New rules for hospital 'boarding' of psychiatric patients

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SEATTLE (AP) — Washington's Department of Social and Health Services said it complied with a Friday deadline set by the state Supreme Court to stop "warehousing" mentally ill people in emergency rooms and hospitals just because certified treatment facilities are already full.

"We are meeting the Supreme Court's decision," said Jane Beyer, the department's assistant secretary.

The state's involuntary treatment act allows counties to briefly detain people who present an imminent risk of harm for the purpose of evaluation and treatment.

But without an adequate number of beds available in certified facilities, the state had been keeping people in regular hospitals or emergency rooms without treatment while waiting for space to open up. The average length of such stays was about three days, according to the state.

The high court struck down that practice, called "psychiatric boarding," in August. It gave the state until Friday to comply.

In response to the ruling, Gov. Jay Inslee authorized the spending of as much as $30 million, and Washington added 140 evaluation and treatment beds to its mental health system in private psychiatric hospitals, community hospitals, and freestanding evaluation and treatment facilities.

Thanks to those additional beds, as well as work by "regional support networks" responsible for local planning for inpatient psychiatric care, as of last week only three patients statewide were being "boarded" because of a lack of beds in certified facilities, the department said. That was down from 47 in October and 36 in November.

Inslee has also included an additional outlay of more than $37 million in his two-year budget proposal to address the issue, sustaining the increased number of treatment beds and opening a 30-bed civil ward at Western State Hospital.

"Today marks a really big day in mental health," said Chelene Whiteaker, policy director at the Washington State Hospital Association, which sided with a group of Pierce County patients who sued over the practice. "We were pleased with the court's decision, and we've been really impressed with DSHS and the governor's office in their response."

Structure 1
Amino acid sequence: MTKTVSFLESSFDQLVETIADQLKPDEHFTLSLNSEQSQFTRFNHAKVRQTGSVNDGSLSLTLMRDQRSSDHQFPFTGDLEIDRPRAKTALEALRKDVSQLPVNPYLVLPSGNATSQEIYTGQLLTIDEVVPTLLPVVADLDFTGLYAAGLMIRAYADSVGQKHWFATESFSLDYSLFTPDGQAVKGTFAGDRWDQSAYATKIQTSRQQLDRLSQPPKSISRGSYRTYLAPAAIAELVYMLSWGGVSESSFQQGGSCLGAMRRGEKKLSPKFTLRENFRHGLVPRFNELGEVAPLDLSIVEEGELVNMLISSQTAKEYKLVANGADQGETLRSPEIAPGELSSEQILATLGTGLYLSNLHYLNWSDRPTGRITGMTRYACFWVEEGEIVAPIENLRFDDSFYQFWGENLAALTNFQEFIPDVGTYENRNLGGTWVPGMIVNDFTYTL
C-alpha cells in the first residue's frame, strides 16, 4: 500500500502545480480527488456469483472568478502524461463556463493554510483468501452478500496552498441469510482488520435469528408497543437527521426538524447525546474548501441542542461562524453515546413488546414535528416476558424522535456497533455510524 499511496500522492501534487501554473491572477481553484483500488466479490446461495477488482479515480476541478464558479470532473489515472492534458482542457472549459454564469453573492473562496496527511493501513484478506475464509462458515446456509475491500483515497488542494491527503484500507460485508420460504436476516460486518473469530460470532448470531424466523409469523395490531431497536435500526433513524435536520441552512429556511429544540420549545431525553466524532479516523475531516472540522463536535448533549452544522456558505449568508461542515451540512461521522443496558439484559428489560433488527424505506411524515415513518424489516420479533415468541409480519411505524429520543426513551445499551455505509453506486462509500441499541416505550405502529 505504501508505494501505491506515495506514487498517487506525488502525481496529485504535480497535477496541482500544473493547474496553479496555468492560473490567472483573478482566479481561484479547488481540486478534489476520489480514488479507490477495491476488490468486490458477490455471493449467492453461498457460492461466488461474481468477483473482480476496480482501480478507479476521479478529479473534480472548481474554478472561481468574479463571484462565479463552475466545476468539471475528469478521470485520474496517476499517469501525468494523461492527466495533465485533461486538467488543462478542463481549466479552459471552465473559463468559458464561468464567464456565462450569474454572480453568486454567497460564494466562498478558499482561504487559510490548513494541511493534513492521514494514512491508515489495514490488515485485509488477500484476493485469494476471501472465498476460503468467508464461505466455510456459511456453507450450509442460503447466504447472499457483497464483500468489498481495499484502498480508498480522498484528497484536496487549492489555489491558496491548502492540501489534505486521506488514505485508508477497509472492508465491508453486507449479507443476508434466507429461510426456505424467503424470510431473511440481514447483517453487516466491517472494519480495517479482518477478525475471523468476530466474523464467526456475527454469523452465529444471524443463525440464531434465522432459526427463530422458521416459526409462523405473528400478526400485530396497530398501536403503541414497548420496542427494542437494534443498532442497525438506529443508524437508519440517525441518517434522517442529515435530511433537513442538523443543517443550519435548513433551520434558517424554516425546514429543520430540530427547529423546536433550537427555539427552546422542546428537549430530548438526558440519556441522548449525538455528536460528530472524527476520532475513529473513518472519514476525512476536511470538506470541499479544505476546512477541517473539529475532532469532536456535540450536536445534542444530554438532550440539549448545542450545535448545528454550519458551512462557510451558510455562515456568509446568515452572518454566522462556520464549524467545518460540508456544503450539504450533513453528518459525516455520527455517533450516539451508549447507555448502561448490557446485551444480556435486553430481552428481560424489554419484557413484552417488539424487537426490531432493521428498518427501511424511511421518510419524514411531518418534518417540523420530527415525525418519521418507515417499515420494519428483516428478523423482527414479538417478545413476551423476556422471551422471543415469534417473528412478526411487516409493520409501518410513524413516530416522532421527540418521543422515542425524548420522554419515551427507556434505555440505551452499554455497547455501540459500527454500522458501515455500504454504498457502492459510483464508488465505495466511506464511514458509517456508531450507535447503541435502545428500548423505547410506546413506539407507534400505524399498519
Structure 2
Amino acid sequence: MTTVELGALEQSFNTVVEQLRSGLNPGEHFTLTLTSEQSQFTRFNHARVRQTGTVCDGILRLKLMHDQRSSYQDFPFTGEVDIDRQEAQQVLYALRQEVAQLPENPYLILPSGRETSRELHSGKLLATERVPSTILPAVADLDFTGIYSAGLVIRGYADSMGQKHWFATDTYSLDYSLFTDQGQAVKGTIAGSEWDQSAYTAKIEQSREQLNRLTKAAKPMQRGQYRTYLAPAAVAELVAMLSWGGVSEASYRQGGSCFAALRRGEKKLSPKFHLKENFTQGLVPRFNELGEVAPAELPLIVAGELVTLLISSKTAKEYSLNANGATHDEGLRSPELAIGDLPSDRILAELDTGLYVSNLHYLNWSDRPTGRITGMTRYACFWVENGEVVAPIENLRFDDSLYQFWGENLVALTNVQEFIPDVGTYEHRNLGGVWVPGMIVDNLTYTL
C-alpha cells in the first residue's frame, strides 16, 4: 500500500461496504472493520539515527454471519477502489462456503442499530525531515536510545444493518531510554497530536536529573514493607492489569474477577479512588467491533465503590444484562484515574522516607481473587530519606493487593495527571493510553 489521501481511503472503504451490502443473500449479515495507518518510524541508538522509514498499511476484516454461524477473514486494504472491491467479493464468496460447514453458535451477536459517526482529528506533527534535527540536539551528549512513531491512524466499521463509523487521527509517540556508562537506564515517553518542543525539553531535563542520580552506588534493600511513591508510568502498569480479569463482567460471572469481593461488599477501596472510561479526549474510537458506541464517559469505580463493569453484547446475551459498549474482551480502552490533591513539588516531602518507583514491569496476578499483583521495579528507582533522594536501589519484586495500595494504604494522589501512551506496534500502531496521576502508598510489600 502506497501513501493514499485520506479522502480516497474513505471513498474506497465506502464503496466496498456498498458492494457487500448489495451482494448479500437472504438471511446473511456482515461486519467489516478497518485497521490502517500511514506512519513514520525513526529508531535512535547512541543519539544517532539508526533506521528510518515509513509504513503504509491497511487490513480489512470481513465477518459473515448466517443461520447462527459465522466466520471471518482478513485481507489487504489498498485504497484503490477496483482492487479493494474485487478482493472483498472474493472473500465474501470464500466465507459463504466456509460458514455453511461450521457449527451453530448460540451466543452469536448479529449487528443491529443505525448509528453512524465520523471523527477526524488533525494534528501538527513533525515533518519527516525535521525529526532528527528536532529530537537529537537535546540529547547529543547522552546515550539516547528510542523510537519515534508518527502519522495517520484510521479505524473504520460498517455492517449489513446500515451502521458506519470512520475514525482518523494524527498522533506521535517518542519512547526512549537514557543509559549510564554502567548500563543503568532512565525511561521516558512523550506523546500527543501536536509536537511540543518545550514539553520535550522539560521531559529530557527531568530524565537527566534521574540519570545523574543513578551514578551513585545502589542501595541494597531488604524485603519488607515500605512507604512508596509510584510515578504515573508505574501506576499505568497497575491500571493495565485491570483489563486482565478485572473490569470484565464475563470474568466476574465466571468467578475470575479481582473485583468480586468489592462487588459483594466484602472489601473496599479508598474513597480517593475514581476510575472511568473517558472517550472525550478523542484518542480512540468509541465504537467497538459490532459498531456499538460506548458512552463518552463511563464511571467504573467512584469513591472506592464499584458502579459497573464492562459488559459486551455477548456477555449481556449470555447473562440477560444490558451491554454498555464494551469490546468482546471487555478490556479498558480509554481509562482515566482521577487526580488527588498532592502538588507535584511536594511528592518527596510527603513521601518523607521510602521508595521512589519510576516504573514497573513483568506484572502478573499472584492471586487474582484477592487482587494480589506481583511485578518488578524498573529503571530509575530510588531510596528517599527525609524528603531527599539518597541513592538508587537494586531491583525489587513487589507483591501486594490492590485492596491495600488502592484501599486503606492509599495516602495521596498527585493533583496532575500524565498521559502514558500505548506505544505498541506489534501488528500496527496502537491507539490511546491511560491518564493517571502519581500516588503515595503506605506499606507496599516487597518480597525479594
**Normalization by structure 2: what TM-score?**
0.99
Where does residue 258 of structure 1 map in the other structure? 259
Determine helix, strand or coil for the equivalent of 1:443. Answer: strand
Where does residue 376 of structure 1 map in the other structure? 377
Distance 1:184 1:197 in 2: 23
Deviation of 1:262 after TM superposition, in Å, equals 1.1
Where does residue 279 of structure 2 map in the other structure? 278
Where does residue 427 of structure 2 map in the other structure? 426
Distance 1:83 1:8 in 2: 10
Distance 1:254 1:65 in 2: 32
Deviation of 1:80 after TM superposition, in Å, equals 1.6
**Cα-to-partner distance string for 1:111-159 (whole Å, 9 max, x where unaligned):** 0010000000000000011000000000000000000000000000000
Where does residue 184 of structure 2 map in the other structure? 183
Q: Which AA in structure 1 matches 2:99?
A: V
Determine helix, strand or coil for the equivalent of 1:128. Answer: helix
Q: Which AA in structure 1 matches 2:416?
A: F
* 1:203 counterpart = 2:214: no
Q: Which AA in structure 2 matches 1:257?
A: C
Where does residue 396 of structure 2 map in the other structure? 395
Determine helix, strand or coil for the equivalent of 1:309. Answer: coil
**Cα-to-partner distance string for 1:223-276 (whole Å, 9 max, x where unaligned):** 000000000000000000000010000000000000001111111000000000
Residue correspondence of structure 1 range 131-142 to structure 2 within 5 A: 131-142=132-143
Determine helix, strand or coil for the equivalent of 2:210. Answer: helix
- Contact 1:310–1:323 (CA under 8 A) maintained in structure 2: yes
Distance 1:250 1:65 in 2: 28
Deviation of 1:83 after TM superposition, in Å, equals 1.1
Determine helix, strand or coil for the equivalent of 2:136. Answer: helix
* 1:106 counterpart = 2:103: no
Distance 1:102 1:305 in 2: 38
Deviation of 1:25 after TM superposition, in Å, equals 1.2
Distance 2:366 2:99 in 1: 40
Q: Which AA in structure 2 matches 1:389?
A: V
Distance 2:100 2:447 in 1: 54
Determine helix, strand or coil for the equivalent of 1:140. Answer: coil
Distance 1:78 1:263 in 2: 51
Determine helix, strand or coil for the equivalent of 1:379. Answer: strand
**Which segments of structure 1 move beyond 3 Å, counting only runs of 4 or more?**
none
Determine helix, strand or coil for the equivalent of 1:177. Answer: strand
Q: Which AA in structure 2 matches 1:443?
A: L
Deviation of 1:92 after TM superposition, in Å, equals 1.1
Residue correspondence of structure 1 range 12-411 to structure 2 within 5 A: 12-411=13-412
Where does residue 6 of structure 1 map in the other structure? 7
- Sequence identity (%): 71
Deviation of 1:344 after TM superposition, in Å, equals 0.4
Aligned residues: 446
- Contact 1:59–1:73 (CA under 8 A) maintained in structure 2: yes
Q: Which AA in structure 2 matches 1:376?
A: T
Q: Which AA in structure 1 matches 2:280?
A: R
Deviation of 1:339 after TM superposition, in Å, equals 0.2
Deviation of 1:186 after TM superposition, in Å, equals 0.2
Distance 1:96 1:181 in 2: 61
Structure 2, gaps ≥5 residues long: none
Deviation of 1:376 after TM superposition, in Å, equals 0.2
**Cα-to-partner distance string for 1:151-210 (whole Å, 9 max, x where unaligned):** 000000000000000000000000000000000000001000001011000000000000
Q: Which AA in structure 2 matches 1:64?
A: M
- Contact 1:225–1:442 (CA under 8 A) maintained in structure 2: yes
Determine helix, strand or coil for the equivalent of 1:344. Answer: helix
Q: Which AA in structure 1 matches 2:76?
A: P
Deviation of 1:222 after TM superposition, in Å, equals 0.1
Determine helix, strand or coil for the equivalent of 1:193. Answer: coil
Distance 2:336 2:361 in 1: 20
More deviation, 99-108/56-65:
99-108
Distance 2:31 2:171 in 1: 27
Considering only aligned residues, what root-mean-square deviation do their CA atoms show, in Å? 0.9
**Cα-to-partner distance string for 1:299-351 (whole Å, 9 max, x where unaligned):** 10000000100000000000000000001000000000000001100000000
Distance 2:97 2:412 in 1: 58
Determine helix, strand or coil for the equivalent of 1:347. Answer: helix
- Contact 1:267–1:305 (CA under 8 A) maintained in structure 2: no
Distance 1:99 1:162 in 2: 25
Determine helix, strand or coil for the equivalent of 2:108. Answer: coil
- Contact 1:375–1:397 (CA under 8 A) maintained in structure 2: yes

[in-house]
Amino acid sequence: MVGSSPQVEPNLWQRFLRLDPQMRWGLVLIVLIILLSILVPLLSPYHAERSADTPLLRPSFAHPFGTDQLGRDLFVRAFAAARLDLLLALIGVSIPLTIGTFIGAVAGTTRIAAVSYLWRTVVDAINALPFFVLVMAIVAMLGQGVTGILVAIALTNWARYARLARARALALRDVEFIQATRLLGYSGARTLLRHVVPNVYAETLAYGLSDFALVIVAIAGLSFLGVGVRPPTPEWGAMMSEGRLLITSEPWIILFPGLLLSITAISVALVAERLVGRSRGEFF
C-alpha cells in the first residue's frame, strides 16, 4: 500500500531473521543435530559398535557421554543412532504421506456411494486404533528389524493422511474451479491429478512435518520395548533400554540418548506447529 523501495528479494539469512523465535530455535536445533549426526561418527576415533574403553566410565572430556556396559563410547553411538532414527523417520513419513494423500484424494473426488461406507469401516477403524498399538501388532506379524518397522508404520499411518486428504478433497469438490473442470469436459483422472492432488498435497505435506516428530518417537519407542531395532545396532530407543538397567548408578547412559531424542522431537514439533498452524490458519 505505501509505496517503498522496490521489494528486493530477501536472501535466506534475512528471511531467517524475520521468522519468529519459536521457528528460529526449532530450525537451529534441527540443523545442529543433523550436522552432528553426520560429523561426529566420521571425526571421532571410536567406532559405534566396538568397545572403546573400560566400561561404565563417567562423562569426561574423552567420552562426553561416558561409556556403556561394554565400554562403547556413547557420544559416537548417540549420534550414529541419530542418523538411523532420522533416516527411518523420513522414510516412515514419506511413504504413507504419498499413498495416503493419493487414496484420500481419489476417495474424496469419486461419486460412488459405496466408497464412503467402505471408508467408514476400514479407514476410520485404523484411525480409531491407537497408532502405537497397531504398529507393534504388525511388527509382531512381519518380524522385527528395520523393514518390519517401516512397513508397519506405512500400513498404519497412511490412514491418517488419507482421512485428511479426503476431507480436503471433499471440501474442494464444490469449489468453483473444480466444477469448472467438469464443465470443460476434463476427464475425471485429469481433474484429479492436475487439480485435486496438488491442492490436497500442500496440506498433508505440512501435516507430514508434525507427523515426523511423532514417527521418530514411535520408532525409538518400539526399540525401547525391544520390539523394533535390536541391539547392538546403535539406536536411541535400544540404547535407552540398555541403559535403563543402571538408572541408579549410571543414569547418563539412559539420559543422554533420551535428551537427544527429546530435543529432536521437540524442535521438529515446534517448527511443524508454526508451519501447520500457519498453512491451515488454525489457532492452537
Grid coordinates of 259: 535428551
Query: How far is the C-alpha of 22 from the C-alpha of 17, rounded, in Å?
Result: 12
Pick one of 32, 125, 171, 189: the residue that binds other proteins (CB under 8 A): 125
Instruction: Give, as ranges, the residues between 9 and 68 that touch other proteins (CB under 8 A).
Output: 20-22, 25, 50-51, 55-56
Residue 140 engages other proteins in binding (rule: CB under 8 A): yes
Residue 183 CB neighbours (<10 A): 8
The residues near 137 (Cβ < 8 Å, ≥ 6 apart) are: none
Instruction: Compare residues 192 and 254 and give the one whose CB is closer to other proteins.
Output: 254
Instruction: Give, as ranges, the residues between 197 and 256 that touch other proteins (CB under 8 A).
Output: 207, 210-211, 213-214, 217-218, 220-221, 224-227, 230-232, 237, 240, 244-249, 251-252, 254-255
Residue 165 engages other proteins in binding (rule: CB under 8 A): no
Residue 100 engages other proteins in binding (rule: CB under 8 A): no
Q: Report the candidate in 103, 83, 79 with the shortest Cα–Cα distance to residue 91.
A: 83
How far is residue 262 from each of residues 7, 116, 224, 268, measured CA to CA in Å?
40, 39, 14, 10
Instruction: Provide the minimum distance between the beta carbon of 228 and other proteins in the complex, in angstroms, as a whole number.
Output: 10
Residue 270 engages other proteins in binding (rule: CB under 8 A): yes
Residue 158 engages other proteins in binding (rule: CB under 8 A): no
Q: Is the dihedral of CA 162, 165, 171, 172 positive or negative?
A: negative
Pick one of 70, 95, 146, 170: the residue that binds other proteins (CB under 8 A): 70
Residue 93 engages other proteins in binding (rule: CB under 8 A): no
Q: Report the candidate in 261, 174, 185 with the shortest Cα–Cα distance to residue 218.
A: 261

That said, she noted, many of the beds that have been added to the mental health system have been in the Puget Sound region, and it remains to be seen whether there's enough capacity in rural areas — an issue the department says it's working on.

As of Friday, the state could no longer approve the placement of patients at noncertified facilities just because there was no space at certified ones. Psychiatric patients, however, can continue to be held involuntarily at noncertified facilities under certain conditions, such as if they have a complex medical problem that also requires treatment, or if they're getting the psychiatric care they need while at the hospital.

Under rules that took effect Friday, noncertified hospitals that offer a bed for a psychiatric patient must state that they're willing and able to care for the patient, set up a mental health treatment plan and provide a mental health professional to see the patient daily.

Mike De Felice, who oversees the King County public defense team at the civil commitment court in Seattle, said those were positive developments. But he nevertheless worries that increasing the number of beds in the system will cause problems in the long run.

"Once these beds are up and running, they're going to want to keep them filled," he said. "The trend has to be not to detain more and more people in the involuntary court system. It's got to be to come up with creative ways to avoid people coming into this court."

He pointed optimistically to the work of a task force of local and state mental health officials, prosecutors and defense attorneys that has been trying to do just that. Among the ideas under consideration are training police and social workers to look for alternatives to inpatient treatment, such as crisis-diversion centers, and setting up teams to respond to families facing a mental health crisis, to intervene and direct people into voluntary treatment before involuntary treatment is required.

Beyer said her agency agrees and has pushed for funding for such teams. "We don't want to have a system that gets people services only when they're involuntarily committed," she said.

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